Critical Conversations: (Big) Data, Algorithms & Interfaces

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Date: February 20, 2020
Time: 12:00 p.m. - 1:30 p.m.
Location: Student Center Hilberry B | Map
5221 Gullen Mall
Detroit, MI 48202
Category: Lunch

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Critical Conversations: (Big) Data, Algorithms & Interfaces 

Regulating Social Media Platforms and User-Generated Content
Conversation Facilitated by Nic DePaula

February 20, 12pm - 1:30pm
Student Center - Hilberry B

Despite their ubiquitous presence in people's lives, social media platforms are still young technologies of barely 15 years. Given their massive influence on people’s attention span, conditions and behaviors, there are many questions that may be asked about how they should be regulated. Social media platforms are already regulated by governments in a number of ways (e.g. via existing information and technology policies; in Europe via GDPR; in California now via CCPA, etc.). But are the current regulations sufficient? The platforms themselves already regulate content to a great extent (e.g. by attempting to remove terrorist propaganda), and newsfeed algorithms are regulatory systems in-and-of themselves. However, are there shortcomings in the existing laws, or excessive regulations already? Should the platforms and/or the algorithms themselves be further regulated by government authorities? What about the employment of “fact-checking?” Is this wise or feasible? If possible, how would such an activity be carried out? If regulatory issues are or are not addressed, what consequences might we observe? In this critical conversation, Prof. DePaula will introduce various issues concerning social media and content regulation, and will engage with the participants in an open conversation on this topic. Participants are also encouraged to contribute ideas to a live document or via written notes for a blog post to be produced for this conversation.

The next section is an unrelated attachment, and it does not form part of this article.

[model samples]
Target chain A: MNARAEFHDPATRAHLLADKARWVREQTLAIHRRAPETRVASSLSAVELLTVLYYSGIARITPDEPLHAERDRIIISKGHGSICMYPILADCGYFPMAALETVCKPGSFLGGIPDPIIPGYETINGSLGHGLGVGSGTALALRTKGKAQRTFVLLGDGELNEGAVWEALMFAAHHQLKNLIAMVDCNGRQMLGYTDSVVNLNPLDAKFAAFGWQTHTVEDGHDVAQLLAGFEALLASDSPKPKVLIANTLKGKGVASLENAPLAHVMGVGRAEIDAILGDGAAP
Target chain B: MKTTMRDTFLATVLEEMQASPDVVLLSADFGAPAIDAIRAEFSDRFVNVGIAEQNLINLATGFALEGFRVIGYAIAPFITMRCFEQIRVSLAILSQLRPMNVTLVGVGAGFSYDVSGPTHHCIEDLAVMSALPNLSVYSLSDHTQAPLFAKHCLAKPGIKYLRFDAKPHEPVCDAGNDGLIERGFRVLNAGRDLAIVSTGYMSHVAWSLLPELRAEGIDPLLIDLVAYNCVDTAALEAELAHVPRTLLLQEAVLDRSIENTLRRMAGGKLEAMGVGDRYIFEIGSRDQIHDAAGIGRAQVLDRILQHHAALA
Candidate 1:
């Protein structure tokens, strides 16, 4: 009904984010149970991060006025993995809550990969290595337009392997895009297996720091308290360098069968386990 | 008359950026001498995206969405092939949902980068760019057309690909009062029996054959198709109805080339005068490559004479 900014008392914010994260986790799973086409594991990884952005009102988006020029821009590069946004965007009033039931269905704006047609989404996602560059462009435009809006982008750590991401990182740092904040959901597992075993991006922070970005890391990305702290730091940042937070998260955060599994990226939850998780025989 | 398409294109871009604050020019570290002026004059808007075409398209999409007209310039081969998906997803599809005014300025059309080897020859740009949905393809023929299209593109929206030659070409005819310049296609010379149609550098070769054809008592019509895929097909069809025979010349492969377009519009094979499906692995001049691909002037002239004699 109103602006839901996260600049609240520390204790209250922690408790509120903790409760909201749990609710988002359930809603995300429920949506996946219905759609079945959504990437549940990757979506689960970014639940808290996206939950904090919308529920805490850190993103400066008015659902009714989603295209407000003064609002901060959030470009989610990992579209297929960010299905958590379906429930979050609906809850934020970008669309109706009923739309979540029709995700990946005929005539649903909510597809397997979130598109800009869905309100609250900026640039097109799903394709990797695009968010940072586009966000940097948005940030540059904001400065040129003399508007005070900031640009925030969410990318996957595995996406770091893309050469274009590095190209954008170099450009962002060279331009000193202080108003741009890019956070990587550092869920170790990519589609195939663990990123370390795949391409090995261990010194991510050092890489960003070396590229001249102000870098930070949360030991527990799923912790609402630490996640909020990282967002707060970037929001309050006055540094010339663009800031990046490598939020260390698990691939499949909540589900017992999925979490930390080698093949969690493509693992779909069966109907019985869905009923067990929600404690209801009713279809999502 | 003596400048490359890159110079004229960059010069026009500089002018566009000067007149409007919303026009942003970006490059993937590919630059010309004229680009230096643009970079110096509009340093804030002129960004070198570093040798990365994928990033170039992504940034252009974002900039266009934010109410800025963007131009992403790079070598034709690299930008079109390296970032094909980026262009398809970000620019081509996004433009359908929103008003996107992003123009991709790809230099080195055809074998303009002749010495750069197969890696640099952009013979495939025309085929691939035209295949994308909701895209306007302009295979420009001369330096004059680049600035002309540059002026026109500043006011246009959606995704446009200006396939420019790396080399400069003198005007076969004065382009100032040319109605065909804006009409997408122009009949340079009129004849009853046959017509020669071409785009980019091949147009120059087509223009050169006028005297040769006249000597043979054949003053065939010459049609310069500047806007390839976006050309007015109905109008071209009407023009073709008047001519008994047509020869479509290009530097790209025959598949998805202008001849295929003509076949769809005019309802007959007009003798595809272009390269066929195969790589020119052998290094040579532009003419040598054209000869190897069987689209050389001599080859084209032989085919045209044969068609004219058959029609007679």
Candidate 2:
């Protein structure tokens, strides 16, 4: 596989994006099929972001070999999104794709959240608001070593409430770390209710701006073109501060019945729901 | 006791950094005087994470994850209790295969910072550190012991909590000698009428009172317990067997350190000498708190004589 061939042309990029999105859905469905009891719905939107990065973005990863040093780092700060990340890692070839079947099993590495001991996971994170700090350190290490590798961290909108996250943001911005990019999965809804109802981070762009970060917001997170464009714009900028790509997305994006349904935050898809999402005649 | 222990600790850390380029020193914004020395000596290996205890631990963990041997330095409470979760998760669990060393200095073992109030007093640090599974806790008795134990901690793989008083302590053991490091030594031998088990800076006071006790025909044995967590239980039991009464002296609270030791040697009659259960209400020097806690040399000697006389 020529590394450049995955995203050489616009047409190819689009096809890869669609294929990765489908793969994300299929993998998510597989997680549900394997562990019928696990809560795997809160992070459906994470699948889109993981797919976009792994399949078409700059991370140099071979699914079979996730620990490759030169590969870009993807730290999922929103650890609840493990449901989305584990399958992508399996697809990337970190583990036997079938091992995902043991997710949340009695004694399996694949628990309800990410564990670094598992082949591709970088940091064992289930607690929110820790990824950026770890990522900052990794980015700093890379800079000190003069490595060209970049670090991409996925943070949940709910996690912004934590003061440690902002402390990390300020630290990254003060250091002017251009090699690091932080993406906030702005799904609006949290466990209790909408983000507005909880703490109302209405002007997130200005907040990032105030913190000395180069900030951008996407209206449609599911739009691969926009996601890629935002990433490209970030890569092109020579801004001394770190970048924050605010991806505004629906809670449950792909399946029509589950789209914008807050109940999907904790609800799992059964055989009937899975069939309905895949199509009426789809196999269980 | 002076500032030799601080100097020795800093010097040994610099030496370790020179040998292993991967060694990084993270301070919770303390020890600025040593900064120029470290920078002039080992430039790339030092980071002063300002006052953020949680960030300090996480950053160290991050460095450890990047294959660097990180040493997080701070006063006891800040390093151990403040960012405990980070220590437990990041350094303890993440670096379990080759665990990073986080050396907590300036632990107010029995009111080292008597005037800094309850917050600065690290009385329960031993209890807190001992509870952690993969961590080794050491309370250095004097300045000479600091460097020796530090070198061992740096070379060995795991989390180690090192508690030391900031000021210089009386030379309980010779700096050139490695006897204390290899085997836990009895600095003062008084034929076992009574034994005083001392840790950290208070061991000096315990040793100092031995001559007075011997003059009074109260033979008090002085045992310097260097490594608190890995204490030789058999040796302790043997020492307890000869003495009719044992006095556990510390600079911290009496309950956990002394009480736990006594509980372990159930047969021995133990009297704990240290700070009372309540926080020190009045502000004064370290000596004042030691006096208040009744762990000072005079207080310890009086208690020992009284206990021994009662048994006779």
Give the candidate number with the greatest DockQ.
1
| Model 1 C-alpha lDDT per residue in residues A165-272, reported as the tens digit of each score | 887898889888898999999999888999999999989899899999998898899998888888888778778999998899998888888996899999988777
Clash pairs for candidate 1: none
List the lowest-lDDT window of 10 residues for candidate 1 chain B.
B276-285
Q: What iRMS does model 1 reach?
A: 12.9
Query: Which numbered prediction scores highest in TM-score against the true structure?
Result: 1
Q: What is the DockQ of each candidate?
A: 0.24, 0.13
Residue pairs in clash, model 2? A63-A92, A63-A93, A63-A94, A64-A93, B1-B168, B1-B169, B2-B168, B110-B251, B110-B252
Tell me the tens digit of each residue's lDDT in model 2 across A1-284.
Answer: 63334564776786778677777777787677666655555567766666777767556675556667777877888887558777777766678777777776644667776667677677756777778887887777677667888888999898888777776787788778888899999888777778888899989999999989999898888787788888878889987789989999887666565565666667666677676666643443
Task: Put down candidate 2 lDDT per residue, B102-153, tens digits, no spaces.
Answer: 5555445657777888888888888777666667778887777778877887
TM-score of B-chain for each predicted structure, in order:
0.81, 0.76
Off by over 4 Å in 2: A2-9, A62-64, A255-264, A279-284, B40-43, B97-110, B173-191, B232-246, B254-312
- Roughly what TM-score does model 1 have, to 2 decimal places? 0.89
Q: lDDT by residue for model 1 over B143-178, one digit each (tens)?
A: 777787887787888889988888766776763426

Nic DePaula is an Instructor at the School of Information Sciences. He teaches on topics of information technology, data science, and media and society. His research examines information technology adoption in the public sector, how language and discourse are used by government agencies on social media sites, and how these activities relate to functions and goals of executive government agencies. His work also examines political communication on new media, e-petitioning processes on the Internet, and media reporting on the environment. His work has been published on journals such as Government Information Quarterly, Social Science Computer Review, and First Monday.

About the Event Series:

Critical Conversations is a series of intimate, catered luncheons exploring common research agendas and practices that focus on (big) data, algorithms, and interfaces at individual, community, and societal levels. Each luncheon covers a unique topic led by a Wayne State University (WSU) faculty currently conducting related research. Topics are intentionally open and broad to invite researchers from across campus to join and partake in the conversation. Lunch will be provided.

For more information visit



March 26: Decolonizing Data:  Ethnocentrism, Cultural Bias, and a New Technological Ethics
Facilitated by Jennifer Hart

April 16: Disparities in Genomic Medicine
Facilitated by Fabrice Smieliauskas

Monthly luncheons will be hosted on Thursdays 12pm – 1:30pm. Lunch will be provided.


Critical Conversations is sponsored by the Provost’s Office.



Jessica Rajko




Academic staff, Current students, Faculty